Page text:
A small number of provincial coins have been found which celebrate the consulship of Sejanus.
Coin of Tiberius from ForumRomanCoins.com
This smaller copper coin has a badly worn head of Tiberius on one side. The other side has a centrepiece of COS (consulship) plus a wreath. The legend reads Tiberius Caesar V [consul for the fifth time] L Aelius Sejanus. Then the name of place it is minted (Augusta Bilbilis). The coin celebrates the joint consulship.
There are further coins, an example of which is below.
Bronze coin of Tiberius from ForumRomanCoins.com
This coin is almost identical, but is better preserved. But someone has very carefully erased Sejanus’ name.
Rome had condemned the memory of Sejanus. His name was to be erased from all public monuments. Someone thought it worthwhile going through all the coins issued by this town and erasing all mention of Sejanus. Of course, everyone would have known what had been on the coin and every time they saw the coin, they would be aware of what had happened to him.
The Foresight of Tiberius
Two brief inscriptions refer to Sejanus. One from the town of Interamna in Umbria is a dedication ‘To the ever-lasting august safety and public liberty of the people of Rome, to the genius of the town 74 years after the foundation of Interamna to Cn Domitius Ahenobarbus and [name erased] (consuls of AD 32) for the foresight of Tiberius Caesar son of Augustus having raised up to eternity the Roman name from a most destructive enemy of the Roman people…’. (ILS 157).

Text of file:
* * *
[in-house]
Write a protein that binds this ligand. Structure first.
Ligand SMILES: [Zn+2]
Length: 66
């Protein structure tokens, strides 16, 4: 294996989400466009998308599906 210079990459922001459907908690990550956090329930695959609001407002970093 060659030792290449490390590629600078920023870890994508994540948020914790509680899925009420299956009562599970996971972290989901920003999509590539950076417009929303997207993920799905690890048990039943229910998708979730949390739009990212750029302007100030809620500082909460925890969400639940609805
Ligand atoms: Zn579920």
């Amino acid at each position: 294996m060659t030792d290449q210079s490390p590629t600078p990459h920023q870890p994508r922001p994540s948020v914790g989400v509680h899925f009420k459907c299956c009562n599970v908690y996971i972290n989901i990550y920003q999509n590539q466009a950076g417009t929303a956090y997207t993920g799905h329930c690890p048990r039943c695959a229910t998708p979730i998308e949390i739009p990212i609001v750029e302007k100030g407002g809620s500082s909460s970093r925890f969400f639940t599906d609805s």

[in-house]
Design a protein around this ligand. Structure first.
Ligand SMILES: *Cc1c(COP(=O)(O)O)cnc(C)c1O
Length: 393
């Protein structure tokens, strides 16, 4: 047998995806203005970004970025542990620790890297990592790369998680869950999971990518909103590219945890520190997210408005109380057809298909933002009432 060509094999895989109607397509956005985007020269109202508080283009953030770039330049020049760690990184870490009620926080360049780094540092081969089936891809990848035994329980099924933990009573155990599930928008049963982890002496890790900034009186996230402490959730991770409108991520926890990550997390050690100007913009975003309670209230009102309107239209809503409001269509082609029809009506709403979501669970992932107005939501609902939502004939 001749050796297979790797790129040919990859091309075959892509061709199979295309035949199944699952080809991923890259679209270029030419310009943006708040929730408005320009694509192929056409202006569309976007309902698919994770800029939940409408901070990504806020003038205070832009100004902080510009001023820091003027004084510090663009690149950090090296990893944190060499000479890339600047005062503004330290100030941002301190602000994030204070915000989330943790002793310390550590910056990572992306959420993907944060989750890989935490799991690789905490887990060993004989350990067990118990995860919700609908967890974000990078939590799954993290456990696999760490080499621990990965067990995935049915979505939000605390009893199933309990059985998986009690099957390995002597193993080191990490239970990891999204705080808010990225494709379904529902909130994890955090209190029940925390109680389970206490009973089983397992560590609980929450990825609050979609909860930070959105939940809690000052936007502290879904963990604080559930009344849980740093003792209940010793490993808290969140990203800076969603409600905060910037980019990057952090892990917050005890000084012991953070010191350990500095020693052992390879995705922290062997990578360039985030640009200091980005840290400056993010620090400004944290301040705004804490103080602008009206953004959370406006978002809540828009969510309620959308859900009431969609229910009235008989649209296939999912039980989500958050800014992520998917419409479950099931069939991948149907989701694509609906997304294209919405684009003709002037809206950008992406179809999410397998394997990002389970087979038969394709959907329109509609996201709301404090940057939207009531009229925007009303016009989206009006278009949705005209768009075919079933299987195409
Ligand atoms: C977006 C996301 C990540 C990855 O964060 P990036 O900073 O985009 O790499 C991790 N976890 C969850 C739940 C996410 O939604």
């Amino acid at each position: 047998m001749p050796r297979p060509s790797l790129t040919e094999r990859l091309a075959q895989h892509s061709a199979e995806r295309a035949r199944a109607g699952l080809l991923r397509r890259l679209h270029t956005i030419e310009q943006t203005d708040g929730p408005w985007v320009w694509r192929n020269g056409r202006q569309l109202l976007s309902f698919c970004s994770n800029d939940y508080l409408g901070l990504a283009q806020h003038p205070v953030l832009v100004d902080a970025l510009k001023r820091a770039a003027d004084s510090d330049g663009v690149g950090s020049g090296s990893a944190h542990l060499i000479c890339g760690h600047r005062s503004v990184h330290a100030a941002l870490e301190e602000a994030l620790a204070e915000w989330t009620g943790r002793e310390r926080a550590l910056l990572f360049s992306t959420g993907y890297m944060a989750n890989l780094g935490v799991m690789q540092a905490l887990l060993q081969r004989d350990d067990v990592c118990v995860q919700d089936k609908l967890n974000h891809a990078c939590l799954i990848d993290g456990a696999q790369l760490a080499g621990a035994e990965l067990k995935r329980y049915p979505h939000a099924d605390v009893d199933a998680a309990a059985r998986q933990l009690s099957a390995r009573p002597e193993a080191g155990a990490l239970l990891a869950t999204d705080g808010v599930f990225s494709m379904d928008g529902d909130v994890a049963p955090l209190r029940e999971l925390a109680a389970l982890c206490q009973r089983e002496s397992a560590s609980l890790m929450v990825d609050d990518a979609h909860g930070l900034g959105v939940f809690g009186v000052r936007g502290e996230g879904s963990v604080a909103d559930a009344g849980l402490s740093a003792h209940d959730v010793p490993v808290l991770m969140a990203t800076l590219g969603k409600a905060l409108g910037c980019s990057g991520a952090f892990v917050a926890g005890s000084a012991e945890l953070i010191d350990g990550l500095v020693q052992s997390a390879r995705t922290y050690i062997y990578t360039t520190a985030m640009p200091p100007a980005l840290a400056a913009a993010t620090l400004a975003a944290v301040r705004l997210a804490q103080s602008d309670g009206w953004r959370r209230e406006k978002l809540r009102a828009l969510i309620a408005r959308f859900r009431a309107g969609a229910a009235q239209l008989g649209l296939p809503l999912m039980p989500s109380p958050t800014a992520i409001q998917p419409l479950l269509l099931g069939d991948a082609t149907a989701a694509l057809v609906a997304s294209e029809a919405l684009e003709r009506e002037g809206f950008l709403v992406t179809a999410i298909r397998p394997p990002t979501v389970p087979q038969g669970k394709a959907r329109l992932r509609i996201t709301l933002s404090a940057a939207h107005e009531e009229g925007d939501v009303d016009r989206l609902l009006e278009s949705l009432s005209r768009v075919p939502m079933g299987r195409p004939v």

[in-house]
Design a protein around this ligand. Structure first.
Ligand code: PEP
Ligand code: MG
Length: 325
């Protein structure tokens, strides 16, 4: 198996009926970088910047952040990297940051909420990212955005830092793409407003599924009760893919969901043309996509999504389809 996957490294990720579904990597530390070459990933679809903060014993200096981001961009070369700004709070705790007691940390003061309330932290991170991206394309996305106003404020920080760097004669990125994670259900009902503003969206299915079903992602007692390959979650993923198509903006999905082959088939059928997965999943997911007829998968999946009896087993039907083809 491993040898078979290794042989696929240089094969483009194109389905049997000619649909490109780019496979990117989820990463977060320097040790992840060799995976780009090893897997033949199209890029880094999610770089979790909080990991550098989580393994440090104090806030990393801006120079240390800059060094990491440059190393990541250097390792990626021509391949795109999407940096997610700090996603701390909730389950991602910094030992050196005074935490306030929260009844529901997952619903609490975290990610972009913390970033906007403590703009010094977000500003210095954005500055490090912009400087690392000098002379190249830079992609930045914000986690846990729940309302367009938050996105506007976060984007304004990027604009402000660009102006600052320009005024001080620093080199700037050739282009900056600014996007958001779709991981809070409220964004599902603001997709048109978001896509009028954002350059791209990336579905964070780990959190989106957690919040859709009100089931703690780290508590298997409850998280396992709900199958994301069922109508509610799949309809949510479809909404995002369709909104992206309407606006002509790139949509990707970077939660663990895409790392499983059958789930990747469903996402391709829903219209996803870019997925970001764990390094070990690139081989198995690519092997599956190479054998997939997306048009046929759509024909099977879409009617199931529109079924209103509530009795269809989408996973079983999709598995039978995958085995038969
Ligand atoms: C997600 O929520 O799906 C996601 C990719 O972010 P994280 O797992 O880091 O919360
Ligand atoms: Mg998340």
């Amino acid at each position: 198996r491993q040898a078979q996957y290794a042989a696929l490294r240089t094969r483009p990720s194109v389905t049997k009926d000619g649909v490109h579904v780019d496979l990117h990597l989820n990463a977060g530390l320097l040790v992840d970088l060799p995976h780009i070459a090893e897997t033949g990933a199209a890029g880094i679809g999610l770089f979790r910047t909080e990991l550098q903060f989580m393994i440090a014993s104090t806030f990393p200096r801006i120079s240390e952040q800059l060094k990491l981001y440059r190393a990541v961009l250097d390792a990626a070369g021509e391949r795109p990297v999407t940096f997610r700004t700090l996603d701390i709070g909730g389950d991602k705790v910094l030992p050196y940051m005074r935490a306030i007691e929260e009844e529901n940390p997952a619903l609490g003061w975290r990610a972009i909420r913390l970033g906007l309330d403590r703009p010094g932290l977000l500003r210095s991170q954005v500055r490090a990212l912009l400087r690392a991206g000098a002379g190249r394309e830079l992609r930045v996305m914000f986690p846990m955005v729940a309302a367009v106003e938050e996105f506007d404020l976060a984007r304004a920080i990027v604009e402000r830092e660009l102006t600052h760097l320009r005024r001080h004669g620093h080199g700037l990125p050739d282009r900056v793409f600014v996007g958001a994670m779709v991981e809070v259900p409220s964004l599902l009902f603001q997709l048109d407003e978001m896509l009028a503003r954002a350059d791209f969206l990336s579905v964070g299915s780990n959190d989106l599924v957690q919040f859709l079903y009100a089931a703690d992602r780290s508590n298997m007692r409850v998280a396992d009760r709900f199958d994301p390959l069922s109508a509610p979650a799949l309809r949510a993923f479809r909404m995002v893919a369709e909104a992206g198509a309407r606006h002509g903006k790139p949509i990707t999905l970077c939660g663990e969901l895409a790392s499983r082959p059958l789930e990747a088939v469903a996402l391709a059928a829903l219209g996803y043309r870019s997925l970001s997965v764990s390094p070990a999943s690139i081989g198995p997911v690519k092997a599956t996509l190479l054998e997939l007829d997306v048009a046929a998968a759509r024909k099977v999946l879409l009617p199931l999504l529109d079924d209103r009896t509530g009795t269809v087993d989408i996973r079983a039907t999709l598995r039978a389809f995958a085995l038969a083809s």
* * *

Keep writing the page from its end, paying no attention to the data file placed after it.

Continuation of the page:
Another dedication from Gortyn on Crete is ‘to the divine spirit and foresight of Ti Caesar Augustus and the senate in memory of that day 15th of the Kalends of November’. The name was not required, because that date (October 18th) was the day of the fall of Sejanus.
That the two dedications are similar suggests that that they are a response to a senatorial decree praising the foresight of Tiberius. These two towns, and possibly many others, thought it advisable to publicly celebrate his fall.
In the lists of consuls that were later inscribed, Sejanus’ name is missed out, as if there were only one consul in AD 31, Tiberius.